There were two winners from each of the five categories: Business or Enterprise; Consumers; Developers, IT Pros or Partners; Education, Government or Nonprofits; Microsoft and its employees. Hackathon teams were challenged to create something new that customers want and businesses need; to imagine how to improve existing products, services or internal functions to generate greater impact; or to adapt processes, tools or systems that enable the company to be more agile.
Eye Gaze’s Tammy King, an eight-year Microsoft veteran, has participated in hackathons before. “But nothing has been as cool as this,” she said. “We think this is something that won’t just improve our products but will help society. We have the ability to change lives. It’s an honor.”
Like the Eye Gaze team, many of the winners expressed an eagerness to drive their ideas forward. The team behind Fit and Smart Kids, who hacked on a techy solution to tackle childhood obesity, plans to literally push themselves forward. In honor of the 644 votes they received, they vowed to collectively hike, bike, walk, or jog 664 miles.
Meanwhile, the team behind A Line in the Sand intends to pitch their manifesto to end sexism in video games to leaders at Xbox and Microsoft Games Studio, said Manuel Tenorio, a manager for Enterprise Commerce IT.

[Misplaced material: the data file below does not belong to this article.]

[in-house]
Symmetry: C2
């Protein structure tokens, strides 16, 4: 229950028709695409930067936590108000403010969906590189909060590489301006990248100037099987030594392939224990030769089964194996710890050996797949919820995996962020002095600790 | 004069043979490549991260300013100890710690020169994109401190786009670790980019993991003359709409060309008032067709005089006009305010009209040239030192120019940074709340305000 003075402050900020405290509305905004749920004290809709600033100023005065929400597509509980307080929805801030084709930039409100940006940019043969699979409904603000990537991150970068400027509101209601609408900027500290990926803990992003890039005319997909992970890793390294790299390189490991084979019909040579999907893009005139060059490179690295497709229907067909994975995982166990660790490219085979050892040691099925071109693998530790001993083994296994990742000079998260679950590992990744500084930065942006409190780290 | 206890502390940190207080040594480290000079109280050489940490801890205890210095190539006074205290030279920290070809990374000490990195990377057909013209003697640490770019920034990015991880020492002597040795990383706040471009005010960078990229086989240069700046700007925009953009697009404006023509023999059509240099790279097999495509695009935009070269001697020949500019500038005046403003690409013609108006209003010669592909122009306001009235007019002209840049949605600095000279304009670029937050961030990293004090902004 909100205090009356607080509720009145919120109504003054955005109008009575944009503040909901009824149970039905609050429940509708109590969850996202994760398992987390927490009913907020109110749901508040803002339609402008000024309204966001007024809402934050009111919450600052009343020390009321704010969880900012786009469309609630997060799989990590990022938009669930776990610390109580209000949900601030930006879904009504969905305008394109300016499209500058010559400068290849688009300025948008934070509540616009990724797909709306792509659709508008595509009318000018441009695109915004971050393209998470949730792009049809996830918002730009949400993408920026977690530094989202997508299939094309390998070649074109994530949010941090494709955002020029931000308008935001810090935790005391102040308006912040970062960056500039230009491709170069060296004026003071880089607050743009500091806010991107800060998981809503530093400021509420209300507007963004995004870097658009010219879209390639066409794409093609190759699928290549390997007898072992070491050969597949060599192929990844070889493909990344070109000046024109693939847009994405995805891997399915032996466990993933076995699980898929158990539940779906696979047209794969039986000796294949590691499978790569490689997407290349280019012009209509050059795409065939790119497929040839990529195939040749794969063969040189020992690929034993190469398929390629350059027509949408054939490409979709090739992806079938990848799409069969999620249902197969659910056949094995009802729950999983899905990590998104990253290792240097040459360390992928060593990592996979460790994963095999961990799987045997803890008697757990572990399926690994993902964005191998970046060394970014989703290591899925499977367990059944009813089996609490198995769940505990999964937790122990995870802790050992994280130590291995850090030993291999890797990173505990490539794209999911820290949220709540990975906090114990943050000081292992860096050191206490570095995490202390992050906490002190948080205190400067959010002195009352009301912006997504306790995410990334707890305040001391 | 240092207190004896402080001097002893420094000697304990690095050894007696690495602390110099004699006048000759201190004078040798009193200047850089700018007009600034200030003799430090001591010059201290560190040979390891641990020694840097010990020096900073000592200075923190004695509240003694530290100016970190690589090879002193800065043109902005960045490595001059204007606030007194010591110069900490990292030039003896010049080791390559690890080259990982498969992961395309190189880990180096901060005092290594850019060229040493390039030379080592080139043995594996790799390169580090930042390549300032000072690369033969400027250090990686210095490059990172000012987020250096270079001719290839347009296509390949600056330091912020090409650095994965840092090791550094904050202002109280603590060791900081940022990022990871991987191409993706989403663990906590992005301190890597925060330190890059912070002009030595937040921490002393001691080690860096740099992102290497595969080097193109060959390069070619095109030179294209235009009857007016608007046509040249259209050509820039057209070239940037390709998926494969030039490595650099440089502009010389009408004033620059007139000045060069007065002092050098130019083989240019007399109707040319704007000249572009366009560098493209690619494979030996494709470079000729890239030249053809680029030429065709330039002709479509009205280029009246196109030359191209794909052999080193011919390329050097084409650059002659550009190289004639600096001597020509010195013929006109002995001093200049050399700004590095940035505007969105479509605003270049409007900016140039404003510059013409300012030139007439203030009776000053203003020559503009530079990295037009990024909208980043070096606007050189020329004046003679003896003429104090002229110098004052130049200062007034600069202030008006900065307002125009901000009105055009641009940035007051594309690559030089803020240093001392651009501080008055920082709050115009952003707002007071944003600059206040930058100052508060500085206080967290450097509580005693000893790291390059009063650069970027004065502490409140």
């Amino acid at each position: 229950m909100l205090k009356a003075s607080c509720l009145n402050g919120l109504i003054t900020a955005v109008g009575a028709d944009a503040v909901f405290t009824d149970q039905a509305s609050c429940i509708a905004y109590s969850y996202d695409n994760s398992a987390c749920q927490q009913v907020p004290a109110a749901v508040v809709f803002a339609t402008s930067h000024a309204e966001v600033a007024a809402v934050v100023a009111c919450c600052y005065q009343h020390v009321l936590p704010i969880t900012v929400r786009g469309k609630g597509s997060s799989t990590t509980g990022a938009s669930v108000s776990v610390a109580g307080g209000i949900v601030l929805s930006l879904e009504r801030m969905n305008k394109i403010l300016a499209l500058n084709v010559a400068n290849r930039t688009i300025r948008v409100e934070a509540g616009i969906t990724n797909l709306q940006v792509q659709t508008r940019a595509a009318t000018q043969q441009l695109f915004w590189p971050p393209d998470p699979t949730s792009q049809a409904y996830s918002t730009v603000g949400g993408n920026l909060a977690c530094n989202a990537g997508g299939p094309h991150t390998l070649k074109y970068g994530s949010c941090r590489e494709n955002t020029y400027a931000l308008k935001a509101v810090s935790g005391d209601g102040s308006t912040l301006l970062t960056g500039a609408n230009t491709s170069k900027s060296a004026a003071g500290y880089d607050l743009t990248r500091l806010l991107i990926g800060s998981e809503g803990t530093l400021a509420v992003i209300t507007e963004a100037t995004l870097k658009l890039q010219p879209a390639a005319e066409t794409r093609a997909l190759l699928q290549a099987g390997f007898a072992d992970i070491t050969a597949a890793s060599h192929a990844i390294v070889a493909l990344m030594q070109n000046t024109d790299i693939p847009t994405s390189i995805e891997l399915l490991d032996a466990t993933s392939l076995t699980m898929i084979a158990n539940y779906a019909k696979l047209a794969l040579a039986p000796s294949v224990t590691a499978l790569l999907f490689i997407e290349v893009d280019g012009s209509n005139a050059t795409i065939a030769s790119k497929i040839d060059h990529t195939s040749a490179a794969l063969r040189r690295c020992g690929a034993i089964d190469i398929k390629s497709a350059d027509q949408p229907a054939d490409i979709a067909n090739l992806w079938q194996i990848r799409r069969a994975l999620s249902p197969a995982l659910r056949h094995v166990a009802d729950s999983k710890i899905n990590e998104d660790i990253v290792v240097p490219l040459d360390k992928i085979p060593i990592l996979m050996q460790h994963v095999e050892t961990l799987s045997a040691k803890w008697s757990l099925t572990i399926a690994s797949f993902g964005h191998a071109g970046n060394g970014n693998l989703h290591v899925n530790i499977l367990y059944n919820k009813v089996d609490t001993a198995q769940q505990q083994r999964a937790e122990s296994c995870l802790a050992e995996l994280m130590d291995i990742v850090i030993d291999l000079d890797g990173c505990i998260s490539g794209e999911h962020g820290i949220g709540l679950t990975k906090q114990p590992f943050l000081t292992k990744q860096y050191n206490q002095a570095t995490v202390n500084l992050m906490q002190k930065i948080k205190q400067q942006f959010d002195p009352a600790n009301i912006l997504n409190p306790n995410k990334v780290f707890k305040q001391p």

Tenorio loves video games. So does his wife, a huge “Skyrim” fan. (“We’re a geeky family,” he said.) They plan to introduce gaming to their seven-year-old son and four-year-old daughter, but they’re concerned about how women are represented in the vast majority of video games.
Similar concerns brought together the other members of his team, who were scattered across the U.S., the United Kingdom and Brazil. They had never met, but they were all gamers who were convinced “Microsoft could draw a line in the sand and say there was a better way,” Cervantes said.
For him, the power of employees collaborating across teams was the key takeaway of the Hackathon.
“We have an amazing set of untapped talent in the company,” he said. “We can accomplish great things when we come together.”
Jacob Siegel Jeff Meisner
Microsoft News Center Staff